Over the relatively short period of time that MMA has been in existence, it has, like any sport, had its fair share of underachievers and overachievers.

The difference between these two categories of people is often only really seen during their daily training sessions. As the old saying goes, “champions are made, not born.” That sentiment is particularly true of any elite mixed martial artist. This is perhaps even more so than in any other sport given the variety and dedication required to train every day and never become satisfied with one’s skill set.

MMA is wrought with fighters who many would characterize as perennial underachievers. You have the likes of Roy Nelson, who has never made the dietary sacrifices needed to break through into the very top of the game, or B.J. Penn, who despite all his remarkable achievements still has question marks surrounding his dedication to the sport.

On the flip side, you have the overachievers who have really pushed through despite not having the gifts and talents of others around them. The likes of Rich Franklin, Forrest Griffin and even the great Randy Couture could arguably fall into this category. All of these men rose to the top despite not being considered the best at any one discipline of martial arts. They have shown the grit and determination to hone their craft to the extent that the more gifted on the roster couldn’t overcome them on natural ability alone.

Another man who could be placed in this illustrious category is Mike Brown. Brown is a man who rose to the top of his division somewhat against the odds and upset a highly favored champion in the process.

Like so many others in MMA, Brown started his competitive life on the wrestling mat during high school, winning a state championship in 1992. This led him to Norwich University, where he continued to wrestle.

Once his initial foray into the world of competitive sport had reached its natural conclusion, we saw him enter the world of MMA at a time when the sport was not nearly as mainstream as it is today. By today’s standards, 25 years old is a late age with which to begin one’s MMA career, but that is exactly what Brown did in 2001, winning his first two fights before losing to Hermes Franca, who was just starting out on his own journey to the top.

Brown’s reaction to this loss would seemingly mirror countless other well-known champions and that loss would eventually lead to good things further down the road. Brown rebounded with a seven-fight winning streak that resulted in a call up to the big show, where he fought as a lightweight against Genki Sudo at UFC 47. Brown lost that fight by way of submission, but it wouldn’t be his last foray in a major promotion.

In the early days of his career, Brown appeared for a great many different promotions in all types of locations, from Massachusetts to Tokyo. All of these experiences—and a 9-2 mark in the 11 fights following his loss to Sudo—ultimately led him to the WEC, which at the time was an organization led from the front by poster boy Urijah Faber. It is perhaps notable that the opportunity afforded to him within the WEC was the first chance for Brown to consistently fight at featherweight.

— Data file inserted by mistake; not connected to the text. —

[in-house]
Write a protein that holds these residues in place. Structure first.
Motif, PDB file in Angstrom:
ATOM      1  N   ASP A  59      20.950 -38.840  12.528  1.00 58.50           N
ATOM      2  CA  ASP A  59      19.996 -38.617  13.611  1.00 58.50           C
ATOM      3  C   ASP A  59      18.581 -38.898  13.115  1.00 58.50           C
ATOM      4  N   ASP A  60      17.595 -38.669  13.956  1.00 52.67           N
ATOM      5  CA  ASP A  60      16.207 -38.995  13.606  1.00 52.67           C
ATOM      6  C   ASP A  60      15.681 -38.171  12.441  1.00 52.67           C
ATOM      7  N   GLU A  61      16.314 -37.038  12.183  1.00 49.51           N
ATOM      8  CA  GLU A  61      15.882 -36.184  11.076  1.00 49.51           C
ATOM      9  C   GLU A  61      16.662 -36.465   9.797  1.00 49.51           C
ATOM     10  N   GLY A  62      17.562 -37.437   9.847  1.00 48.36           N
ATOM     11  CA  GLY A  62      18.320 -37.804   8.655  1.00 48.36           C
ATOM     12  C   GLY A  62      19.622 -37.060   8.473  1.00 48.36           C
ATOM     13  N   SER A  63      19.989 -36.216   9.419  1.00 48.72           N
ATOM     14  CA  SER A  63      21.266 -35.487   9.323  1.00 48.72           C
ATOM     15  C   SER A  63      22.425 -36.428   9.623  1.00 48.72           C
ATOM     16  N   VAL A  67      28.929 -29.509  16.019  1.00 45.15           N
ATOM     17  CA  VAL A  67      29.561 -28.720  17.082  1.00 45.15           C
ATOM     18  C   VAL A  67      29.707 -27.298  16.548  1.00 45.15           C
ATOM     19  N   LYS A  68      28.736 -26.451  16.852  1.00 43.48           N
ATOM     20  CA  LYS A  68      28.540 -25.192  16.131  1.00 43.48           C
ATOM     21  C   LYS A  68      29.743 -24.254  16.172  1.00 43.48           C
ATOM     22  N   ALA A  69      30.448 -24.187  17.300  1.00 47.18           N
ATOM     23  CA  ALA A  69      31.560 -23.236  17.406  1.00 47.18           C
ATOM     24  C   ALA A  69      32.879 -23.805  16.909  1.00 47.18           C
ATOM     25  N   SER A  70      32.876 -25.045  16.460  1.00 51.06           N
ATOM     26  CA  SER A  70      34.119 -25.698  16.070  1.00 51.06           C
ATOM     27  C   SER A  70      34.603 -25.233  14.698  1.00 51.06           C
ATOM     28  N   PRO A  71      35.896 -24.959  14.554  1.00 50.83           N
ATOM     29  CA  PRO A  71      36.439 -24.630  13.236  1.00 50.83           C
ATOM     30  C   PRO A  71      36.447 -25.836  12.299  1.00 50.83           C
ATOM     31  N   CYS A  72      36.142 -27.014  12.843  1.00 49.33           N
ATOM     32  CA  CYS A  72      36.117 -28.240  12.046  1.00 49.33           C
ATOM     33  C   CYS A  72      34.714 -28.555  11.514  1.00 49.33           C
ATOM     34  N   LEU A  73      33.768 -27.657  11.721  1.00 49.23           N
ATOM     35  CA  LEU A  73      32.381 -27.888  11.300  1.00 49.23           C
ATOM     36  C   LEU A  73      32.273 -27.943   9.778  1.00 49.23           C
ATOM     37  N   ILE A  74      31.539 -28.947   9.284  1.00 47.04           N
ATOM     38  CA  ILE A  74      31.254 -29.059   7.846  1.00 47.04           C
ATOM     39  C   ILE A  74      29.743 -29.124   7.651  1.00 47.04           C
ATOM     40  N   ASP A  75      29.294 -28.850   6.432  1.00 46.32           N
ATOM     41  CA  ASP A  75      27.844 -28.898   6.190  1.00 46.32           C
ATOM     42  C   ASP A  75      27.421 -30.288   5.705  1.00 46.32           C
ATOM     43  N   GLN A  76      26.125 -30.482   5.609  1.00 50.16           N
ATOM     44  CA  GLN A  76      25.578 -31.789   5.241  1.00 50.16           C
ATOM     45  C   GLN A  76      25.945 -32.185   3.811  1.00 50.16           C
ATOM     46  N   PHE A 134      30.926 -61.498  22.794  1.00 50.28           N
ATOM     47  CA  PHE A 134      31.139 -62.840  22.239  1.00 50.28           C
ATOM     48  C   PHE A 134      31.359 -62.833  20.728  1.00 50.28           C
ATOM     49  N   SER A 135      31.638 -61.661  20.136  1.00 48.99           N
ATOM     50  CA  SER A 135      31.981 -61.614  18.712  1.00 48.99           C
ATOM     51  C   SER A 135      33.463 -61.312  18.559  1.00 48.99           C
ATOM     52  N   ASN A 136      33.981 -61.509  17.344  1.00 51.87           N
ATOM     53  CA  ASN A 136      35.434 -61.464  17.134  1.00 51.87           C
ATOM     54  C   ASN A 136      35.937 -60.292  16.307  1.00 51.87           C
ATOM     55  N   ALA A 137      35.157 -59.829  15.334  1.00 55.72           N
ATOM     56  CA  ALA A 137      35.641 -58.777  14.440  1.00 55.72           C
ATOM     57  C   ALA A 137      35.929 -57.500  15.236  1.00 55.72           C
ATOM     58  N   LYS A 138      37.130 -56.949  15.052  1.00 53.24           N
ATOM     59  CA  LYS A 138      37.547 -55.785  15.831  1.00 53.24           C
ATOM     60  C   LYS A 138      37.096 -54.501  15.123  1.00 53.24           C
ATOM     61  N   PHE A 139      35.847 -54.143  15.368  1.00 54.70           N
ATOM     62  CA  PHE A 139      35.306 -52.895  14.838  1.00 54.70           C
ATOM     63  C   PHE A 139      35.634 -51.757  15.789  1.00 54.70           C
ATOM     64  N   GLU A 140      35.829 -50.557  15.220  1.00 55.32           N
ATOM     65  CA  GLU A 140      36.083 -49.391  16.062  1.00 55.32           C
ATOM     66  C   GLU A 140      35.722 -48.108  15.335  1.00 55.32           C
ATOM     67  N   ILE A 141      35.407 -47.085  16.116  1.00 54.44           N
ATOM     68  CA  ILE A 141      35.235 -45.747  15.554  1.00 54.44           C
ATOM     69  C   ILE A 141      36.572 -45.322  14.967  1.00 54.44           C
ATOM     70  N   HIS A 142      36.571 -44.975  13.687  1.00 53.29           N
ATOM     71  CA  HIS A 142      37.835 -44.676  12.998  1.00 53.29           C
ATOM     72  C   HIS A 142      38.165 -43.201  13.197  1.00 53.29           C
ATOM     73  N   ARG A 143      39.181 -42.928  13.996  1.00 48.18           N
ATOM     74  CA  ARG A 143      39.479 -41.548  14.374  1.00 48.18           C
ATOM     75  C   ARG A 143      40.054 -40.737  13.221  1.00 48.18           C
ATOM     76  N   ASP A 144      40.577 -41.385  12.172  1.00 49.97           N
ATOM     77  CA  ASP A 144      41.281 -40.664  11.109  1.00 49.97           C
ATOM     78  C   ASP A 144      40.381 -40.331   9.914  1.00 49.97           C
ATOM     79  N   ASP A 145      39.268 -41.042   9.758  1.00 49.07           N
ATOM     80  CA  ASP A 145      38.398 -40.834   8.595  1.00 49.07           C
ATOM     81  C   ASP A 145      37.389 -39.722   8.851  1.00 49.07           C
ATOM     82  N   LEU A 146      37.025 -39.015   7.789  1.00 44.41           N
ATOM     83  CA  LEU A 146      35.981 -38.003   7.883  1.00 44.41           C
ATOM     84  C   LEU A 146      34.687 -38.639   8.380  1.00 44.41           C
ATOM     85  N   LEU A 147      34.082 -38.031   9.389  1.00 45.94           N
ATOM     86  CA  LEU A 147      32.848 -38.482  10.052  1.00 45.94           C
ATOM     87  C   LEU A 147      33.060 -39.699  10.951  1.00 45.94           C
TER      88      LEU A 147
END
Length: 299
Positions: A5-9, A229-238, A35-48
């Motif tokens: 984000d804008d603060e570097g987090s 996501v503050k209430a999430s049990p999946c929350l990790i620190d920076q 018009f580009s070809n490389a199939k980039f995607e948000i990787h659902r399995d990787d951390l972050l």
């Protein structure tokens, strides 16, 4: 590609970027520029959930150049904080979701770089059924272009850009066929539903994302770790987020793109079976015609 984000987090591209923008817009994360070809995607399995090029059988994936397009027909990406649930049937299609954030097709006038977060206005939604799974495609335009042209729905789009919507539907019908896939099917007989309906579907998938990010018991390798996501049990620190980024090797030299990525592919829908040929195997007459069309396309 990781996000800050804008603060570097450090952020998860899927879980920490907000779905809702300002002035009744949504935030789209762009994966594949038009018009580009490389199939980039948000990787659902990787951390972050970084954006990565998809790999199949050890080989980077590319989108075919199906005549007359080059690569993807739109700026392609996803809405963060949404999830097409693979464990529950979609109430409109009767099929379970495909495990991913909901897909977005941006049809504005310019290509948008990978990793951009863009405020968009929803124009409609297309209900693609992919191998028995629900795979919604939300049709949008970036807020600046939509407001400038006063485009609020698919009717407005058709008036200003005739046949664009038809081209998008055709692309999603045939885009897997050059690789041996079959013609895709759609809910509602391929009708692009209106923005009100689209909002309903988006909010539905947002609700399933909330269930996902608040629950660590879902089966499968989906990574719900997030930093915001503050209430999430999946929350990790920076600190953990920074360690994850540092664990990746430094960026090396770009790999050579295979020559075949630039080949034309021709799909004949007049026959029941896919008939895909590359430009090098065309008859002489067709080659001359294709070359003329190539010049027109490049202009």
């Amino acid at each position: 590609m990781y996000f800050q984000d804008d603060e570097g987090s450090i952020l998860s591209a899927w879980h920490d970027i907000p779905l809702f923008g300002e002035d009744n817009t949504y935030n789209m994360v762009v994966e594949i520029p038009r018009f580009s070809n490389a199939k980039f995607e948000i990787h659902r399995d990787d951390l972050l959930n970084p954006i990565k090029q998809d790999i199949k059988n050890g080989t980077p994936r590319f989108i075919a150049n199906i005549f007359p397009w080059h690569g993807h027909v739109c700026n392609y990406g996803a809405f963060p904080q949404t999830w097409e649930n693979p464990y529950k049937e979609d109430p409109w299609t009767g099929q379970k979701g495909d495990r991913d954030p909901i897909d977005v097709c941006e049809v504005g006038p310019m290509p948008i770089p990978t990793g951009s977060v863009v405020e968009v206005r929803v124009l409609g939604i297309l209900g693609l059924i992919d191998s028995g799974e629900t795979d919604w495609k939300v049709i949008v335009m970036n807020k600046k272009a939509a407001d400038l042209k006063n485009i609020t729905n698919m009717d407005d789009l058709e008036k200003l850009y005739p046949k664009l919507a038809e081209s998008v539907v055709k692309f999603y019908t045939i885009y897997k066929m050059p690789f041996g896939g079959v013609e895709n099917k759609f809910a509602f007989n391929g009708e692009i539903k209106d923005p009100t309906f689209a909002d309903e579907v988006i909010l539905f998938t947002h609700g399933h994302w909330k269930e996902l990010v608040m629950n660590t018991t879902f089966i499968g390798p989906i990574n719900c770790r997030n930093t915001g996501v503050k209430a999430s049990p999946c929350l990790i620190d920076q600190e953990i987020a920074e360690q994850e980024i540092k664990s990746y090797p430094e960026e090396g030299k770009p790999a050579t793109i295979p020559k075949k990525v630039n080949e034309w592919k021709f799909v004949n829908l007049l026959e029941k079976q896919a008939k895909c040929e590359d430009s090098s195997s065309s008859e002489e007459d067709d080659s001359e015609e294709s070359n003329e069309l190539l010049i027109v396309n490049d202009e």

For many fighters entering a new organization, a “tune-up” fight of sorts could be expected in order for the fighter to get comfortable with their new surroundings. This was certainly not the case for Brown, who drew the tough task of facing Jeff Curran in his WEC debut. Although this may not have been the easiest debut fight, the prize for getting past Curran was a title fight against the much-heralded Faber, who at the time was unbeaten in over three years and 13 fights.

In the build up to the fight with Faber, you would have been hard-pressed to find many fans or pundits picking Brown, given Faber’s prior record. However, with just over two minutes gone in the first round, Brown secured the TKO finish and captured the WEC featherweight championship.

In the years that have followed that fight at WEC 36, we have seen Brown defend the title twice before losing to the unstoppable force that is Jose Aldo. On the back of losing the title to Aldo, some may have thought Brown’s run had come to an end and he might fade away. Brown himself may have thought that his chance at the big time had gone, but before long he found himself back inside the Octagon thanks to the WEC merging into the UFC.

During his second stint with the UFC, Brown fared little better than his initial foray in 2004. His loss to Steven Siler in August 2013, moving his career UFC record to 2-4, which on paper at least would perhaps ordinarily warrant walking papers.


Best Performance: Unanimous Decision victory over Faber at WEC 41

Breakthrough Fight: Unanimous Decision over Curran at WEC 34

Legacy: Brown will forever be remembered as the man to dethrone Faber before going on to cement his place as the worthy champion in the rematch. It is perhaps notable that Faber has never been able to capture a world title since running into Brown on Nov. 5, 2008.

What the future holds

As we find ourselves in 2014, Brown has seemingly admitted that his time at the pinnacle of the sport has come to an end, despite not wanting to use the word “retire” because of the finality of it all. Brown now looks set to devote himself to coaching at the famed American Top Team, and whilst we might not see Brown step foot in the Octagon again as a fighter, his influence can still be seen in the performances of ATT products Justin Scoggins, Yoel Romero, Robbie Lawler and countless others.

About The Author

Greg Byron
Staff Writer

Greg Byron started training in Brazilian Jiu-Jitsu after his brother introduced him to a local MMA fighter/coach when he was just 16 years old. Greg has trained for nearly a decade in both BJJ and MMA, competing in several grappling events within the UK. In addition to MMA, Greg possesses a law degree and works for a firm in northern part of England.